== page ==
of switching losses is not as critical. In fact, for some circuit applications, controlling the switching time
may be desirable. Figure 12 defines the switching times of a typical MOSFET.
Turn-on Time
Turn-off Time
VDS
90%
VDS
90%
10%
VGS
10%
VGS
td(on)
tr
td(off)
tf
Figure 12. Switching Time Definitions
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Many application notes have been written about how to properly drive a MOSFET, and they offer formula to
predict the switching times. For most designs with standard or logic level MOSFETs for low or high power
applications, the simplest and most accurate method to predict the switch time is to use the gate charge data,
which is available on the data sheet. For a given gate charge (QG), a drive current has a direct impact on the
switch time by the following formula:
t = QG/IG
Where t is switch time, QG is gate charge and IG is gate drive current. Refer to Figure 13. It is clear from
this formula that the higher the gate drive current (Isource), the faster the turn-on time. Similarly for the
turn-off, a higher Isink (or lower impedance path to remove the charge from the gate) will provide a faster
turn-off time. While this is true for most high power designs where the drain current is high (Rload is low)
and the time required to discharge the Coss is negligible, Coss becomes the predominant factor for low
current applications. A high Rload (low drain current) will lengthen the discharge time of the drain voltage/
current resulting in a slow turn-off time. The new rad-hard logic level MOSFETs are optimized for switching
performance with drain currents in the range of 10mA to over 1A.
VGS
VDD
Rload
I source
Cdg
Cds
Cgs
I sink
Figure 13. Gate Drive Currents with a MOSFET Equivalent Circuit
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Design and Performance Benefits
As with all MOSFETs, these devices offer several performance benefits that are superior to bipolar transistors in switching applications. Discussion of the benefits follows below.
• Lower gate drive current and power requirements
• Faster switching – reducing propagation delay
• Lower VDS(on) as compared to BJTs VCE(sat)
• Designed and characterized for radiation design applications – test data support
• Can be driven directly from logic gates
Lower Gate Drive Current and Power Requirements
A MOSFET is a voltage driven device. A voltage source is applied to the gate to cause drain to source
conduction. Very little gate current is required to cause this conduction and a complete enhancement. A BJT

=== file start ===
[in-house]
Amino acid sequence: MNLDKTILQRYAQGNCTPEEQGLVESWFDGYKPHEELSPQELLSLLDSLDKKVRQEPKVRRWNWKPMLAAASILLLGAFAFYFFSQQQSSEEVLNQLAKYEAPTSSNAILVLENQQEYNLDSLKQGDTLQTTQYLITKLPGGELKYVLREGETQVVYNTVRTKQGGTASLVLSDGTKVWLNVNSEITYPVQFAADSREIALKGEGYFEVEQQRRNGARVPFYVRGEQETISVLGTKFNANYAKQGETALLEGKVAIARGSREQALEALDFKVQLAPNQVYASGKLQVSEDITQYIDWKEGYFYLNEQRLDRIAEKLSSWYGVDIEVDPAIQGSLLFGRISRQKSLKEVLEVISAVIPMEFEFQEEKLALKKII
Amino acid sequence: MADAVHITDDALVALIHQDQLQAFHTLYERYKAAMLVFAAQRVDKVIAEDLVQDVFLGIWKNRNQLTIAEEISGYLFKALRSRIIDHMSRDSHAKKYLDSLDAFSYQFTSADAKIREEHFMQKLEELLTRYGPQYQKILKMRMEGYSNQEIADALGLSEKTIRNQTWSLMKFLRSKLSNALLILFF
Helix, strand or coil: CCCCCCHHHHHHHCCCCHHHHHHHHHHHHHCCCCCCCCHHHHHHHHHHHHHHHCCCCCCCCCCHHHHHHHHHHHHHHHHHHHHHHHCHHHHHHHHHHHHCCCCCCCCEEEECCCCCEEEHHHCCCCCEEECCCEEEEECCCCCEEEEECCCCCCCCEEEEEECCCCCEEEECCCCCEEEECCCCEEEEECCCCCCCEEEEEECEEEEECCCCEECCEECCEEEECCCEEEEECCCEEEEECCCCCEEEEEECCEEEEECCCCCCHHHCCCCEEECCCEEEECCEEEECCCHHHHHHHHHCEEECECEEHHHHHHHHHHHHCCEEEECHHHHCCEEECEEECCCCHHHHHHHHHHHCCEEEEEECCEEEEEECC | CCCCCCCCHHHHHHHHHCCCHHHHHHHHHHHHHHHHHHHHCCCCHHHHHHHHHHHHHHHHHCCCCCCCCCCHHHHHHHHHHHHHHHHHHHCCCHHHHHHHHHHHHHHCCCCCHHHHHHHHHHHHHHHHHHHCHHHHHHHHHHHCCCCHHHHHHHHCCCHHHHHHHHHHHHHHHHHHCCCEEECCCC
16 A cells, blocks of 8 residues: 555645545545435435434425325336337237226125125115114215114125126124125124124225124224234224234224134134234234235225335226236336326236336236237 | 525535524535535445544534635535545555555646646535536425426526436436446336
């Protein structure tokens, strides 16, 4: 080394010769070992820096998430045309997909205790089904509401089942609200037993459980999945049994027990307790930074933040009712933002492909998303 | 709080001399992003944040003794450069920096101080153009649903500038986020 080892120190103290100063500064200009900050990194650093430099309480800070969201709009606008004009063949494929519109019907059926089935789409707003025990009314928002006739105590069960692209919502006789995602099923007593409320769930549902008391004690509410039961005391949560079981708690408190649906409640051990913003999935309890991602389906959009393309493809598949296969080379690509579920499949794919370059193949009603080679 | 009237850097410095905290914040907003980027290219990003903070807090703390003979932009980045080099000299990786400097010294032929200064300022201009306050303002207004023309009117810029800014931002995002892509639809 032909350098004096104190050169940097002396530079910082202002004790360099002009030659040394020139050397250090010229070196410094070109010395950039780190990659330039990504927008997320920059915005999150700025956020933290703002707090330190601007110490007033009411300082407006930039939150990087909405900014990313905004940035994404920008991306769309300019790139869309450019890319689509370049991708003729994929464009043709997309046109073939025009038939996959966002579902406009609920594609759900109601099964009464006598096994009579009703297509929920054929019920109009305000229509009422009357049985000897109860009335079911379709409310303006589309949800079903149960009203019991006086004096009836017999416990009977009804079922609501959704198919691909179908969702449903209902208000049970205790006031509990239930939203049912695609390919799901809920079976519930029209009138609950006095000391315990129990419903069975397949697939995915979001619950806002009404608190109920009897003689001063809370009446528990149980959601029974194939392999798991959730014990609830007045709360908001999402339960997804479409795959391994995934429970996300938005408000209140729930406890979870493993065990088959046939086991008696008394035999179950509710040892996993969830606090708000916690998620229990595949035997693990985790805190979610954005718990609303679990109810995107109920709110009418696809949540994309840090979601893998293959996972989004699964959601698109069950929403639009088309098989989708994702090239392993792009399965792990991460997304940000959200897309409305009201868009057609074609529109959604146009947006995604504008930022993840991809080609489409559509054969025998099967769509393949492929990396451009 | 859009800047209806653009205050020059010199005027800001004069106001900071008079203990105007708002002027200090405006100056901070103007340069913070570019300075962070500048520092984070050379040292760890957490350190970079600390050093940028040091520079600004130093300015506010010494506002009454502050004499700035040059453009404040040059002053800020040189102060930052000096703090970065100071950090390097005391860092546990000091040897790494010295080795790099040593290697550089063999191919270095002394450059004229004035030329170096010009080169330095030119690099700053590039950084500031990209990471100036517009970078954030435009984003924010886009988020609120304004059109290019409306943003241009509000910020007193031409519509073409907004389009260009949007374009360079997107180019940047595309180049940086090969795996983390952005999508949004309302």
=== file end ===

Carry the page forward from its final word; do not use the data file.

such as the 2N2222A requires base current to cause the conduction to take place from collector to emitter.
To insure saturation, a BJT requires a minimum base current (IB) for a given collector current (IC) as
dictated by a DC current gain (HFE). The minimum IB is equal to IC/HFE. To saturate a BJT with a collector
current 200mA, a minimum of 4mA is required for a bipolar device that has an HFE of 50. This current gain
may reduce to 25% of its initial maximum limit due to aging and EOL radiation effect. The base current will
need to increase to 16 mA to insure the saturation in this design example.
The increase in base current demand may eliminate BJTs from many design applications requiring an interface to logic gates, linear IC’s and opto-isolators, as most of these devices are only capable of providing a
source current of a few to 10mA with limited selection of up to 20mA. Opto-isolators suffer a reduction of
CTR under extreme temperatures and under most radiation doses. A reduction of as much as 70-80% of its
rated CTR is quite normal for many of the devices in the market today. Given this scenario, the logic level
MOSFET is the solution, as they do not have the minimum gate current requirement to contend with. Only a
few milli-amperes from a 5V source are sufficient to satisfy the switching operations.
It follows that the increased base current of the BJT means more wasted power due to the inefficiency.
Unlike the BJT, the energy required to turn on a MOSFET is independent of the drain current. It is a function
of VGS, QG and fsw (switching frequency). With a QG of 3.6nC, fsw of 100KHz and VGS of 5V, the approximate power loss can be calculated using the following formula:
P = VGS x QG X fsw
P = 5 x 3.6x10-9 x 100 x103 = 1.8mW
When using a device with open collector additional power during off cycle needs to be included. This should
amount to approximately 1.667 mW for (VDD/Rpull-up x VCE(sat) = 5V/1.5Kohms x 0.5V =1.667 mW)
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an 54LS01 device. This will bring the total power loss to 3.467mW (1.8mW + 1.667mW). For other types
of device, the power loss may be slightly different depending on the amount current drawn to through the
pull-up resistor, which is normally dictated by the maximum allowable current to insure the maximum VCE(sat)
of the sink transistor.
The approximate power loss to drive the bipolar transistor in the example above can be calculated as follows:
Assuming the base voltage (VB) to be 5V and 50% duty cycle, the power loss is then:
P = VB x IB x 0.5 = 5 x 16 x10-3 x 0.5 = 40 mW.
This is about 11 times (40 mW/3.467 mW = 11.5) the power loss of the MOSFET device. Please note that
the wasted power in the base resistor is included in the VB drop to simplify the calculation. Should VB reduce
to 2V to minimize the power loss, it would amount to 16 mW or about 4.6 times the power loss of the
MOSFET device.
While this loss is a mere 40 mW or the unlikely scenario of 16 mW, the accumulation of such losses will
add up on the larger scale and will drain (the) precious power. It will also increase the weight of a spacecraft